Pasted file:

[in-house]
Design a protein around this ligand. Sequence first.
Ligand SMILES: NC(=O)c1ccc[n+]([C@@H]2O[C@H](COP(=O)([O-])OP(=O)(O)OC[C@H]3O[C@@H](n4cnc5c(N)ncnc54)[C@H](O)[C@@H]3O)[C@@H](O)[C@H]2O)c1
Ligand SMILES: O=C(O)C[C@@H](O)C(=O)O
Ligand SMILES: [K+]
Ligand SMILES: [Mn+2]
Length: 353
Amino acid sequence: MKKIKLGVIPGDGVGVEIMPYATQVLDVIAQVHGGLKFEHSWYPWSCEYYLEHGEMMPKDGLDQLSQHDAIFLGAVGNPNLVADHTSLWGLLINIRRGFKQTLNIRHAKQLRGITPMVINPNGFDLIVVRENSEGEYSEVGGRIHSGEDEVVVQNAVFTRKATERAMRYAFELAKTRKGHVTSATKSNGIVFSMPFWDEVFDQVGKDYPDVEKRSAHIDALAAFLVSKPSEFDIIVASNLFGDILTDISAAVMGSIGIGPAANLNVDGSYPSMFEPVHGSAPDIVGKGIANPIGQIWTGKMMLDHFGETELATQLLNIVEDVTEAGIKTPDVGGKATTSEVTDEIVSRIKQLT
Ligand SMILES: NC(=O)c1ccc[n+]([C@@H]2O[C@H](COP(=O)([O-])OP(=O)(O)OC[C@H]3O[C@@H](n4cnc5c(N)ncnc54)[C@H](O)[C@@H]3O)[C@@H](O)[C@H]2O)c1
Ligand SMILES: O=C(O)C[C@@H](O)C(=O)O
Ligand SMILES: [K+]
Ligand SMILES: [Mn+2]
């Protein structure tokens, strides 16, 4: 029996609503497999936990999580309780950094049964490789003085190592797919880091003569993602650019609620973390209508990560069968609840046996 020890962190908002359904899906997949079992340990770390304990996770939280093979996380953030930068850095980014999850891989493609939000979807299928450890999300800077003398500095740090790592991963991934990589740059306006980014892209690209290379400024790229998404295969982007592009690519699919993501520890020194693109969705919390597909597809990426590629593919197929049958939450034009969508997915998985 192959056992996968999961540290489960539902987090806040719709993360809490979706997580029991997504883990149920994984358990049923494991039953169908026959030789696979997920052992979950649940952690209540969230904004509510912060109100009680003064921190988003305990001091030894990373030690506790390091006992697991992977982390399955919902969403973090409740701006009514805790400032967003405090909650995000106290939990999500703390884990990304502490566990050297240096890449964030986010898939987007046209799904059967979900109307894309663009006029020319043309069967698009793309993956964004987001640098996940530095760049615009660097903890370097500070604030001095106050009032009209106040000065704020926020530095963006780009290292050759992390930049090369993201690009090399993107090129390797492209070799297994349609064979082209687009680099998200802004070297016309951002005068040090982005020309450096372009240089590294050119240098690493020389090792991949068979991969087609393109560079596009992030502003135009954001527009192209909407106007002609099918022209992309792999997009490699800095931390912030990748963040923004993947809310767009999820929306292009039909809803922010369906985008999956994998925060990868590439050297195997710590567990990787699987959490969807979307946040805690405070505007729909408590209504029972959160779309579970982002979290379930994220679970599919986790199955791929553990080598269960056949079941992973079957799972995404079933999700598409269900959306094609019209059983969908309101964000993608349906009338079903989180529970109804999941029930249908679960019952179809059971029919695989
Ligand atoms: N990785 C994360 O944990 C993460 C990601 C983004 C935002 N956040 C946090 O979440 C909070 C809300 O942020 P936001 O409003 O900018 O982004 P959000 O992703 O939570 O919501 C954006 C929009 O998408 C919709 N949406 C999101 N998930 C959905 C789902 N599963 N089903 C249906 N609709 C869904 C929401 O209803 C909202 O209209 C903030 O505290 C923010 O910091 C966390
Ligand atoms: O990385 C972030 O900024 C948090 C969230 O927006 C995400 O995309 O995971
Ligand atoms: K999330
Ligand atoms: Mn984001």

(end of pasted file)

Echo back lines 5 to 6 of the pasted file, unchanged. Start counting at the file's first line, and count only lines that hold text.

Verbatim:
Ligand SMILES: [K+]
Ligand SMILES: [Mn+2]